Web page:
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Robin Sainty, INCSC Chairman
Friday, October 7, 2011
City games against Manchester United have always had a special resonance for me because of the events of February 18, 1967.
Having made my first trip to Carrow Road a few weeks previously I had begged my uncle to take me to Old Trafford for the fourth round FA Cup tie against the gods of English football.
No one gave City, then a mid ranking Second Division side, a prayer against a team including the likes of Best, Law and Charlton, but they came home with an epic 2-1 win. Unfortunately, my pleading failed and I had to stay at home waiting impatiently for news of my new heroes.
Nevertheless, I kept up the pressure and was rewarded by being squeezed like a sardine onto the old River End terrace to watch the bubble burst with a home defeat to Sheffield Wednesday in the next round.
In those days a trip to a game was a bit different to today. Walking up the bank at the back of the old River End terrace and descending into a sea of bodies was pretty scary for an 11-year-old.
No nice plastic seat, just the need to make sure that I was standing in front of a crash barrier rather than behind one so as not to be crushed by the regular crowd surges, but by now I was well and truly hooked on the Canaries.
Fast forward 44 years or so and once again I didn’t manage to get to Manchester, so had to watch on Setanta via the internet. Again we were given no chance, yet City played calmly and methodically, as they have all season. Only a couple of bits of quality from United as we tired and some less than clinical City finishing came between us and another great result and certainly the performance enhanced our standing even further.
However, what really amazed me was the fact that my screen was showing me a sea of red shirts in the crowd, yet every song was coming from our fans.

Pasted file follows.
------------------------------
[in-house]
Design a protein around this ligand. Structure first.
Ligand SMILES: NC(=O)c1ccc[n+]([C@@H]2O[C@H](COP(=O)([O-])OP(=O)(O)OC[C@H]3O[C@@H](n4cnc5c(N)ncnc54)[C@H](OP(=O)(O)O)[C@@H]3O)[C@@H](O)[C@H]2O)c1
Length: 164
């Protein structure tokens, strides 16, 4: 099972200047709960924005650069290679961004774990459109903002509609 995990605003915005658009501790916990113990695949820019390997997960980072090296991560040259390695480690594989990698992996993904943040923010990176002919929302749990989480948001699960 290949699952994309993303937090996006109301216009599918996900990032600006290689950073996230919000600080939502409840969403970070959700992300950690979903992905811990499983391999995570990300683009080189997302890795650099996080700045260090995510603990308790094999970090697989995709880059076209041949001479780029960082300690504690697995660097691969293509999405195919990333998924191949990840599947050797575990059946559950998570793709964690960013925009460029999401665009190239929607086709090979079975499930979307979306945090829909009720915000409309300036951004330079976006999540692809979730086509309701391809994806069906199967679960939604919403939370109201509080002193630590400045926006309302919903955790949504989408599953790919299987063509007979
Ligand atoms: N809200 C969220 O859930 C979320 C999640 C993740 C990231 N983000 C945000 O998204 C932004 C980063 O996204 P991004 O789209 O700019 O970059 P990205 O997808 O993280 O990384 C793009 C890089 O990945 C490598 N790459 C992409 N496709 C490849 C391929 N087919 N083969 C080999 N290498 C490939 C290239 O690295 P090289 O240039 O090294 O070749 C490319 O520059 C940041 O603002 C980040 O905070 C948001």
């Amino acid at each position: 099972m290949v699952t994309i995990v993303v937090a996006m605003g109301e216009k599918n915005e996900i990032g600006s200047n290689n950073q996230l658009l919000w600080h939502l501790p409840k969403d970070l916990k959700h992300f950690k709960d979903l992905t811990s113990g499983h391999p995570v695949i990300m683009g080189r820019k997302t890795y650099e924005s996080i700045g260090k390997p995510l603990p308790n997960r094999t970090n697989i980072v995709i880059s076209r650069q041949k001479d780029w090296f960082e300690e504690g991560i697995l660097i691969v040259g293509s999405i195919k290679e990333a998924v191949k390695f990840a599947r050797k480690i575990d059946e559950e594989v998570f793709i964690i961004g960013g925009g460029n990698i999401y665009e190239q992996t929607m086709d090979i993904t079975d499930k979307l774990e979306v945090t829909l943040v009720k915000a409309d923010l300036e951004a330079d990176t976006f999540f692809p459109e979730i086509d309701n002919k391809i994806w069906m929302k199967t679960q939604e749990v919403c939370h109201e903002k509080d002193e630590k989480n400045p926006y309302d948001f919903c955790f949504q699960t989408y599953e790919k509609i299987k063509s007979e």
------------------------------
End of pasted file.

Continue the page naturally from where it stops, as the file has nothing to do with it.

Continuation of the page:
Time and time again “On the Ball, City” and “We’ve come for our scarves” rang around Old Trafford. Even when we were two down our wonderful fans could still be heard taunting their home counterparts about the fact that they were still not singing. Just as at Chelsea, a huge home support seemed totally confused by the concept of singing your heart out for your team regardless of what the score was.
Bill Shankly famously said “Football isn’t a matter of life or death, it’s much more important than that”, and that’s how it’s always been for me, but for the prawn sandwich brigade at United and Chelsea it seems that football has simply become another lifestyle choice, a fashion accessory.
Would many of these people turn out on a wet night in Walsall in the middle of winter to cheer their team on? I suspect not.
Realistically, with so much money concentrated at the top of the British game, they are unlikely to see their team scrapping for their lives anytime soon and I think that may be one factor in their complacency.
Conversely, what we have at Norwich is the joy of seeing success generated by the brilliance of our manager and the commitment of our players, not by obscene amounts of money.
We’ve stared oblivion in the face and lived to tell the tale. We’ve built what we’ve got, not bought it, and I believe that’s why we have the passion that was so clearly lacking in the home ranks on Saturday, and long may it continue.